Isaac Bashevis Singer
Isaac Bashevis Singer was a Polish-born Jewish-American He was a leading figure in the Yiddish literary movement, writing and publishing only in Yiddish, and was awarded the Nobel Prize in Literature in 1978. He was also awarded two U.S. National Book Awards, one in Children's Literature for his memoir A Day Of Pleasure: Stories of a Boy Growing Up in Warsaw (1970) and one in Fiction for his collection, A Crown of Feathers and Other Stories (1974).
Singer was a prominent Jewish vegetarian for the last 35 years of his life and often included vegetarian themes in his works. In his short story, The Slaughterer, he described the anguish of an appointed slaughterer trying to reconcile his compassion for animals with his job of killing them. He felt that the ingestion of meat was a denial of all ideals and all religions: "How can we speak of right and justice if we take an innocent creature and shed its blood?" When asked if he had become a vegetarian for health reasons, he replied: "I did it for the health of the chickens."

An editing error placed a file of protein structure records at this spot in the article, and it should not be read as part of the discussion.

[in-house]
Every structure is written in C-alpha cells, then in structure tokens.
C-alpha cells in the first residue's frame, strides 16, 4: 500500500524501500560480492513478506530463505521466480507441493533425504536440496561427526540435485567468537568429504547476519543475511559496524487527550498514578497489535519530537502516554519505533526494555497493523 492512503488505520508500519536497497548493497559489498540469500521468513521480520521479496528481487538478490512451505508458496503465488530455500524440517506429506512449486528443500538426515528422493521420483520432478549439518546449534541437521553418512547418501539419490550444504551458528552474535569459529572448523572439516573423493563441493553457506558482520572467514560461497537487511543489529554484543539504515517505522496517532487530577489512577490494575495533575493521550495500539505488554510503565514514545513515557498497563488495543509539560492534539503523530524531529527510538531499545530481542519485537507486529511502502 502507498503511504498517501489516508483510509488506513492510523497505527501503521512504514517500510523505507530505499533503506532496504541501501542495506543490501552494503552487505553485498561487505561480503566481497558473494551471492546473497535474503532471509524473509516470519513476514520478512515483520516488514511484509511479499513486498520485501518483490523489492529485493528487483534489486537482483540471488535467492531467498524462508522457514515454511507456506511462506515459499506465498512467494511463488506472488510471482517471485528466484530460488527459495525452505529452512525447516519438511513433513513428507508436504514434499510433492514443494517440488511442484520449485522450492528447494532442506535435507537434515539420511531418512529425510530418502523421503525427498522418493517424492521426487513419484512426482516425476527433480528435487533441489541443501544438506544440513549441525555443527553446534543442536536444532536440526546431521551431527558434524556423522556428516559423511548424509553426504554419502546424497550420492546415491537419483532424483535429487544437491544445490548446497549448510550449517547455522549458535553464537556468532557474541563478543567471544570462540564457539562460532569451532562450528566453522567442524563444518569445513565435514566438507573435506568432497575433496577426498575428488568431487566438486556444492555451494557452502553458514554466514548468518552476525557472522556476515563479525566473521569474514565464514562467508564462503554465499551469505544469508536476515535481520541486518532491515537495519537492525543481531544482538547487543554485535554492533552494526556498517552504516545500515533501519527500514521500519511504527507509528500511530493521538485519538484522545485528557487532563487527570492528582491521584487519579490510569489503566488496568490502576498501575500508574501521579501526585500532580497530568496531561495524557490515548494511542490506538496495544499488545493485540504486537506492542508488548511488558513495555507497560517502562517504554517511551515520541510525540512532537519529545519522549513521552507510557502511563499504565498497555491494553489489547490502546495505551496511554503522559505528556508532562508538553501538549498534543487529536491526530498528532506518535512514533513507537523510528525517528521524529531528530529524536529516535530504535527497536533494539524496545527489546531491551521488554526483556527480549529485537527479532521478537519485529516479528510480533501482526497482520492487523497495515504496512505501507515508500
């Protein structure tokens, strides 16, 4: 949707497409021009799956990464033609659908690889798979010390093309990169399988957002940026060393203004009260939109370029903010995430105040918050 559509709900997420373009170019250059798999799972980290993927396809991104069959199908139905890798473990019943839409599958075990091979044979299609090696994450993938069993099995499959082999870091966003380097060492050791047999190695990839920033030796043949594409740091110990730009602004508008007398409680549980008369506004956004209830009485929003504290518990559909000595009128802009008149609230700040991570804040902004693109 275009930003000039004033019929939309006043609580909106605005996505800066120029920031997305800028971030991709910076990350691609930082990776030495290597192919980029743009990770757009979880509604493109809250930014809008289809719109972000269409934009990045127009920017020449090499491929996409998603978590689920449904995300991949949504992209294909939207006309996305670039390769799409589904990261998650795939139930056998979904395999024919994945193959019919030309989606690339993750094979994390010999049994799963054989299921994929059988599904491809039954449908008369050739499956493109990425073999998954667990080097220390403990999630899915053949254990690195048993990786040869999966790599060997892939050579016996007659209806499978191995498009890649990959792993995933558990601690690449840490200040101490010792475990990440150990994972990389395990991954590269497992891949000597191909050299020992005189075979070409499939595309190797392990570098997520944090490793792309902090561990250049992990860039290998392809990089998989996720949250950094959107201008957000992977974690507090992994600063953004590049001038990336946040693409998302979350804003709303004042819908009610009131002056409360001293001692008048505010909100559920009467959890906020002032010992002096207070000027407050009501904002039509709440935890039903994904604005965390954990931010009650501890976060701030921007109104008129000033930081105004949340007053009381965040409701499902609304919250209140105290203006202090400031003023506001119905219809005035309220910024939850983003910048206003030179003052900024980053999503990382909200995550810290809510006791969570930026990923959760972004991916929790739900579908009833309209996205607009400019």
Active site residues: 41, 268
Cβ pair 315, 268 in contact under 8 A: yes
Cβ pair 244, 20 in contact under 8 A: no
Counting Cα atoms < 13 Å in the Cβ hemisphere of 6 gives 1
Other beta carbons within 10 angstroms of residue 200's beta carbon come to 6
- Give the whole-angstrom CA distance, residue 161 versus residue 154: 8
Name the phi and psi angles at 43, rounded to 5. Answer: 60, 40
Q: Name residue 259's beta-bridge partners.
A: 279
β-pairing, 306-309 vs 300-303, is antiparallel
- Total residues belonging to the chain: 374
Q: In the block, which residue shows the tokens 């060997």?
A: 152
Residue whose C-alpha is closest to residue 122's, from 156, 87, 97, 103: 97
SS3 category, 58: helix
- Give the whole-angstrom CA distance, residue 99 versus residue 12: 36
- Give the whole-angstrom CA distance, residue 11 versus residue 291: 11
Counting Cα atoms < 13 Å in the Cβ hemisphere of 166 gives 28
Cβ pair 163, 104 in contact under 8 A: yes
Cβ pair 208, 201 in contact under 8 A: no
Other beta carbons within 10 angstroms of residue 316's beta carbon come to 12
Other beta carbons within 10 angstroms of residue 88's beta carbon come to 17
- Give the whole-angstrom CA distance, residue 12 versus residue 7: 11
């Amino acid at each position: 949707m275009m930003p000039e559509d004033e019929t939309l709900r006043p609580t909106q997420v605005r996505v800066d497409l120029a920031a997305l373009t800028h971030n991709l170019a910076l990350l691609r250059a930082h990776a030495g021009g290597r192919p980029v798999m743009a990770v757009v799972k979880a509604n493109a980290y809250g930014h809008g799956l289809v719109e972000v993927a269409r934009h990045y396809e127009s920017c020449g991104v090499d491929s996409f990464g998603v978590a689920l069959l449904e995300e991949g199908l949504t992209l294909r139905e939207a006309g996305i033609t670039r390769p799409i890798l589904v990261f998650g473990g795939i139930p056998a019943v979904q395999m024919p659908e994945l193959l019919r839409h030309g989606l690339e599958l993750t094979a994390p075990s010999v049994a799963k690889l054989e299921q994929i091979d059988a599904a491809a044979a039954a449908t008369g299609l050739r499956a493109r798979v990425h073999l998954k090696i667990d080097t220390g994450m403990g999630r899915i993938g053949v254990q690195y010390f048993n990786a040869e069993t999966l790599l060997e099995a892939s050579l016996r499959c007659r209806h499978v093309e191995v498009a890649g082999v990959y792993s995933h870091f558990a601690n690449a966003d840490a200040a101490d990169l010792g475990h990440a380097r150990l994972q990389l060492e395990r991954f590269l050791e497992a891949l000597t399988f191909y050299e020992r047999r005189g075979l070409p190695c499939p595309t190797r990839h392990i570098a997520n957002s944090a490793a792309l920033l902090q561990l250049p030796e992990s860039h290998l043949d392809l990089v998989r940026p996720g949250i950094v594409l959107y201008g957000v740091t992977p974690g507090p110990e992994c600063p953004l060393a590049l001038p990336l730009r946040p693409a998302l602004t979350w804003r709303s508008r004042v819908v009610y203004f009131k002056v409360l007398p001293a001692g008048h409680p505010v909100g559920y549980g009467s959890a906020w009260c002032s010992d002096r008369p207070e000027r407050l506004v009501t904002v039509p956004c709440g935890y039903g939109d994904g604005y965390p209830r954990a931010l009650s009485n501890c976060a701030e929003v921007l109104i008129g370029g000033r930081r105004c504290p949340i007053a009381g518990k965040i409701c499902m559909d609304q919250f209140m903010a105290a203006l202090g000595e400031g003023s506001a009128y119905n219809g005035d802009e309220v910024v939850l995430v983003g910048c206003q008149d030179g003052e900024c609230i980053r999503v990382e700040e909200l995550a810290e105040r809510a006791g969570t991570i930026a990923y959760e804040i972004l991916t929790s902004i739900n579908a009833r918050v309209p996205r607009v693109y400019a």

In The Letter Writer, he wrote "In relation to [animals], all people are Nazis; for the animals, it is an eternal Treblinka." which became a classical reference in the discussions about the legitimacy of the comparison of animal exploitation with the holocaust.
When a human kills an animal for food, he is neglecting his own hunger for justice. Man prays for mercy, but is unwilling to extend it to others.Isaac Bashevis Singer